It was here that I would set up my WalkStool and stop for lunch. 610m above sea level. Less than three-miles further south along this path, there exists yet another trig point – one I’ll look to bag on my next visit.
There was something inscribed on to the base of this trig… The year it was installed? I couldn’t make it out but often wish these staples of our history bore greater on-site information. I honestly believe we should treasure them something like our many stately homes and castle ruins.
I’d stopped for a good twenty-minutes and, sitting along the route of a well-known National Trail, I half-expected my third passer-by to appear at any moment… But, they never came or went. Solitude.
Retracting my steps to the ‘Pile of Stones’ above Olchon Court, I began my descent.
It wasn’t easy and I’ve made a decision to add a second walking pole to my array of kit very soon. I felt like I was descending not only the hillside but making my way down through the cloud.
Gradually, the Olchon Valley awoke in front of me. As much as I had longed for the mountainous landscapes in the run up to this walk, it was a beautiful sight of its own.
At a junction, I followed Geoff’s words to veer left and away from Olchon Court. Before reaching the quite road, I had to scramble over a chained gate… I’ve yet to report this – partly because I’m not sure whether this land is in Herefordshire or part of South Wales.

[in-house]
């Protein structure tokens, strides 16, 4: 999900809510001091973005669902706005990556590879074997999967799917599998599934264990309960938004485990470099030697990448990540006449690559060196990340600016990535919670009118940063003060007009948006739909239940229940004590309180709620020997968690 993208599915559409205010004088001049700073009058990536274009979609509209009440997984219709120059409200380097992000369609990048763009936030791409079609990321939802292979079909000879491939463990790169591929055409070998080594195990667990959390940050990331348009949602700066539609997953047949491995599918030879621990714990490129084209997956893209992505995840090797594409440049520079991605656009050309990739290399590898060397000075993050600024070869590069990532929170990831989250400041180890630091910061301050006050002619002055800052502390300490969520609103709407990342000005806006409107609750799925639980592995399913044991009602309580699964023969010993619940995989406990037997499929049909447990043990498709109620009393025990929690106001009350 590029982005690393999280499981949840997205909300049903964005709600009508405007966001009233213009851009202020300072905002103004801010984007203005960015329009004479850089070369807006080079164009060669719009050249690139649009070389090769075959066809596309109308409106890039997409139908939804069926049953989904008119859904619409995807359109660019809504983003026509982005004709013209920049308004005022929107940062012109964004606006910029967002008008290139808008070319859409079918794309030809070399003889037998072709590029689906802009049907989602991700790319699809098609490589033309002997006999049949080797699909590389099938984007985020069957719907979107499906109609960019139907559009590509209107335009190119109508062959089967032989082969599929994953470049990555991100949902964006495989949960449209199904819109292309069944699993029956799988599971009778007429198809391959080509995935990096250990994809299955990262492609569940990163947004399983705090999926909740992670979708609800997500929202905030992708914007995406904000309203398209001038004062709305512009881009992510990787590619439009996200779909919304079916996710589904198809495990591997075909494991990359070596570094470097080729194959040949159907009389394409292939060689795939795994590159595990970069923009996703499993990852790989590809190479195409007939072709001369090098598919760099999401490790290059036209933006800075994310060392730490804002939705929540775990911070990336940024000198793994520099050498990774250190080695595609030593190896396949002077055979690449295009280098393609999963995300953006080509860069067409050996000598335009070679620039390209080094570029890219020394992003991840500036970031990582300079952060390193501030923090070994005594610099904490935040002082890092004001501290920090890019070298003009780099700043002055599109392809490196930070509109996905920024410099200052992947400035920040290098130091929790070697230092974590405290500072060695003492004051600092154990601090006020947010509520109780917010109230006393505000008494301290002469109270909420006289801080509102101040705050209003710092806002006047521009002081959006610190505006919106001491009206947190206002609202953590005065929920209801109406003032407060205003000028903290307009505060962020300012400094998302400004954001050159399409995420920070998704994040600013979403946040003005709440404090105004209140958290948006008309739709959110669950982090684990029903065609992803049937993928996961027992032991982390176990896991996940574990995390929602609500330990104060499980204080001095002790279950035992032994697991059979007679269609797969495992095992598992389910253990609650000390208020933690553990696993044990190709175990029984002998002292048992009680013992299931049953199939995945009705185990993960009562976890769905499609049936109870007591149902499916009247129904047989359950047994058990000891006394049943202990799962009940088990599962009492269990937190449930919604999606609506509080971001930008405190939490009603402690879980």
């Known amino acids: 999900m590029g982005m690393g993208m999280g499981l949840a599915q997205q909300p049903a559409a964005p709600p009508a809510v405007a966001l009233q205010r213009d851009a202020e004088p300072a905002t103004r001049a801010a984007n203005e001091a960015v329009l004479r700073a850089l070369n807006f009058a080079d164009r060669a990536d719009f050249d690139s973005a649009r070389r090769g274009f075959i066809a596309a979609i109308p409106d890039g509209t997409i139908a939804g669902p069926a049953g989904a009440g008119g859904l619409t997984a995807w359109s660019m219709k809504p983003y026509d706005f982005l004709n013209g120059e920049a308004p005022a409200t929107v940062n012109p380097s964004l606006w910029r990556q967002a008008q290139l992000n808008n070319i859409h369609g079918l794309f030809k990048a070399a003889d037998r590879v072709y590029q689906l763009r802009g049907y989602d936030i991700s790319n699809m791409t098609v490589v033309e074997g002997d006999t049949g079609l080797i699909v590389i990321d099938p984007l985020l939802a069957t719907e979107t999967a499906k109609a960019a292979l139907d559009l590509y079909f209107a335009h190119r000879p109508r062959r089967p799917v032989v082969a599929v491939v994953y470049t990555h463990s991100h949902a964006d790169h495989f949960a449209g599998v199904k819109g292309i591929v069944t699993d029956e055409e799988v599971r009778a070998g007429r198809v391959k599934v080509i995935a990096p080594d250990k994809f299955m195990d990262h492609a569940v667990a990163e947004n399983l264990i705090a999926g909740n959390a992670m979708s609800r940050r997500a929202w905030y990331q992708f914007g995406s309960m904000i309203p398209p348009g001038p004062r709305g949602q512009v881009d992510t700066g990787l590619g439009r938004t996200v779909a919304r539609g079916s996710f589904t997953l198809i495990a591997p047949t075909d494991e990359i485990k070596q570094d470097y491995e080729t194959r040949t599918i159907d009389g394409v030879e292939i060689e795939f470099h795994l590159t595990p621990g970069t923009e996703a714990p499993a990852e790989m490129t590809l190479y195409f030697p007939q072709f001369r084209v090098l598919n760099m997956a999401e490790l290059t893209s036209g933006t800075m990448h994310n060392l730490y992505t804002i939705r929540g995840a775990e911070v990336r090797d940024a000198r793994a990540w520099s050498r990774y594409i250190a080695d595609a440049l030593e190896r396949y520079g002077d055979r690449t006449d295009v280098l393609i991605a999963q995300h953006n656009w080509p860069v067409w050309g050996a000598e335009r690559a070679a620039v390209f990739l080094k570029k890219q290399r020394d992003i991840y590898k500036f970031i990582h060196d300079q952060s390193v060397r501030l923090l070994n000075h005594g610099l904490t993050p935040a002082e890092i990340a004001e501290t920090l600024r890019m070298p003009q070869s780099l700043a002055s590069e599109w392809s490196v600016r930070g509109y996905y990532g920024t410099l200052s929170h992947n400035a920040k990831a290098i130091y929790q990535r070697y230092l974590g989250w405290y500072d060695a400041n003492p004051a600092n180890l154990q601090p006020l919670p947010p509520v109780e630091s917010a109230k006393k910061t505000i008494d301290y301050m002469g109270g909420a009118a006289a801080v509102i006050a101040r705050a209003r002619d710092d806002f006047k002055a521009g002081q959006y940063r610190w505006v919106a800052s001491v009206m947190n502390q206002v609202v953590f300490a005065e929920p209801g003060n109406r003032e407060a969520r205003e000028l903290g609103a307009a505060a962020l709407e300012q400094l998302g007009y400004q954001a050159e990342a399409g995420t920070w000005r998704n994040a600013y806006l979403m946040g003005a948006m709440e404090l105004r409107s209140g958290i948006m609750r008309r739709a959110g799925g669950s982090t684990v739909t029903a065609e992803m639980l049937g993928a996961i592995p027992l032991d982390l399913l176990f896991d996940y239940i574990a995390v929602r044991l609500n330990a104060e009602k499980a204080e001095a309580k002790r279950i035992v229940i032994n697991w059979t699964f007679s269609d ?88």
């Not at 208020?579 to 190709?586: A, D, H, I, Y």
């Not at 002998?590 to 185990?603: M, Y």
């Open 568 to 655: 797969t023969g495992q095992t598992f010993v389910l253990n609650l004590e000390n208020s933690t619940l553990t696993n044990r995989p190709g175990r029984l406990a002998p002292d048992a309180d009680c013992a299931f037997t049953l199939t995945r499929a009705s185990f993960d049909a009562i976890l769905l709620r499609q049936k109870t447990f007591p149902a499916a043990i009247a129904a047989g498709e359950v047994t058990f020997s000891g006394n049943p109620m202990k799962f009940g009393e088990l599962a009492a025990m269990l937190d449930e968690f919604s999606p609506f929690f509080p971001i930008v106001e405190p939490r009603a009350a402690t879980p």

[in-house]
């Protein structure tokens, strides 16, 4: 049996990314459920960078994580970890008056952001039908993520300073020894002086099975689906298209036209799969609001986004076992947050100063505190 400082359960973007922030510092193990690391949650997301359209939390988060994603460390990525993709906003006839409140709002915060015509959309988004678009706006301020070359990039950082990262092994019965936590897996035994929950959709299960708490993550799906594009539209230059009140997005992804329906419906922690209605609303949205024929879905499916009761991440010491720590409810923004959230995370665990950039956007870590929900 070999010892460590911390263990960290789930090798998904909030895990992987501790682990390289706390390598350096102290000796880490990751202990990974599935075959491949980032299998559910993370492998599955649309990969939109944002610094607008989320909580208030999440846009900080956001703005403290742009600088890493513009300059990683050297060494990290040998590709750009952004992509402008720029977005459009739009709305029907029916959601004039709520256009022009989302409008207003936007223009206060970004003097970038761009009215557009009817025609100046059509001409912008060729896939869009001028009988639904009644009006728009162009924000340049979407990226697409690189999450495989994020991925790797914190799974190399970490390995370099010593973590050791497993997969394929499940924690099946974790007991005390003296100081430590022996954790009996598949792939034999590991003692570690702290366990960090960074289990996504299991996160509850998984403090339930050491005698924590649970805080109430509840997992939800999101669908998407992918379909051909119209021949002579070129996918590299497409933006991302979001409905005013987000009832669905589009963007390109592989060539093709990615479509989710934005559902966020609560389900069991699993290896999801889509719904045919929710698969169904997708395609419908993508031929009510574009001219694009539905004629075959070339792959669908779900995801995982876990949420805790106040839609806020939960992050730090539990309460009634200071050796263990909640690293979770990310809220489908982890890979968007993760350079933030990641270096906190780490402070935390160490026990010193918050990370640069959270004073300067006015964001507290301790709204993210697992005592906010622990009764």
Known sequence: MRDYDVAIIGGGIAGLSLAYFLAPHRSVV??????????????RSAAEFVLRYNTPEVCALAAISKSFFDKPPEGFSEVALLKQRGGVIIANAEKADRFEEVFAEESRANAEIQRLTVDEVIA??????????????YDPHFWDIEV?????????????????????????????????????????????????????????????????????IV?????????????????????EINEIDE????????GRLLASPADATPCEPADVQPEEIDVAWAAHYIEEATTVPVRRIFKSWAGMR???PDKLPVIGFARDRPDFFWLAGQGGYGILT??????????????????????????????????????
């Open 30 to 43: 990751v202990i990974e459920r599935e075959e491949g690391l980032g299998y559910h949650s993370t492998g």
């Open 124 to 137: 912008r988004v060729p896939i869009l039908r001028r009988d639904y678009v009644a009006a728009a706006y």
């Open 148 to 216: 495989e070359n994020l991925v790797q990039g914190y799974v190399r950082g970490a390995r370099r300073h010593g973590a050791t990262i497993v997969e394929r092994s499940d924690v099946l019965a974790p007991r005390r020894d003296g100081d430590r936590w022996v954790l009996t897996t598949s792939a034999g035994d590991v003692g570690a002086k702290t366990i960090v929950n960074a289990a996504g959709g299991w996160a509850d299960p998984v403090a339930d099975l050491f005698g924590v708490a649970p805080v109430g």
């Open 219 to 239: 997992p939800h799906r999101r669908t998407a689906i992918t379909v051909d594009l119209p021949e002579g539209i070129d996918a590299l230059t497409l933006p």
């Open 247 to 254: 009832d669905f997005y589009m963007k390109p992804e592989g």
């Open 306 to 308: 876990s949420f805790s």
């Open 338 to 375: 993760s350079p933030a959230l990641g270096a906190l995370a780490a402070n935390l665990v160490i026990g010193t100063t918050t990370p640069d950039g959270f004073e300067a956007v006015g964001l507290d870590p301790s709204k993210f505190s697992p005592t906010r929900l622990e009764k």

I’d intended to save the rest of Geoff’s cross-valley route (which is identical to the AA’s) for a return visit and instead, I turned left up the road, keeping my eyes open for a right-turn and footpath crossing a series of fields and Olchon Brook…
But, there wasn’t a waymark in sight. My best guess is that it wouldn’t meant negotiating these five hungry horses – and that’s after forcing their feeder out of the way so that I could open the gate… But, maybe the public right of way has been revoked? Perhaps this lack of waymarking is an unwritten warning for an atrocity of overgrowth at the valley bottom?…
Anyway, I turned right along the road and returned to Geoff’s walk, where I encountered a few ‘free-range’ sheep at the road bend beside Olchon Court.
Black Hill – aka. ‘The Cat’s Back’ – was in sight. For the first time in several hours.
Then, began my descent, ahead of the inevitable climb. I followed the watercourse on my left, where the waymarking was actually very good. Like many other streams descending the mountains, this feeds the Olchon Brook at the foot of the valley.
I felt a sense that this area may be under-appreciated, with the high peaks and rocky summits that await your average visitor. So much clean, running water. Just further south is the spring of Cae Thomas Well (although, it exists on private land with no right of way for the public).
Over the brook via a footbridge and I began climbing up towards Blackhill Farm. This was well within the final hour of daylight for mid-December, making the ‘abandoned’ treehouse an extra-creepy spectacle.
But this farm has no yard and I faced no encounters with either man or bovine beast. Waymarking was very good, even where the fallen branches threatened to impede upon my way.
From the road, I faced a steep climb up the way I had driven in to the car park. Upon my arrival, there were four or five others cars parked alongside mine. A family (or two) were slowly descending from Black Hill. Still, I like to think that I had only encountered two others (plus one dog) on this walk. 😉
My first walk in the Black Mountains is now complete and I do look forward to my next, where and when ever that may be.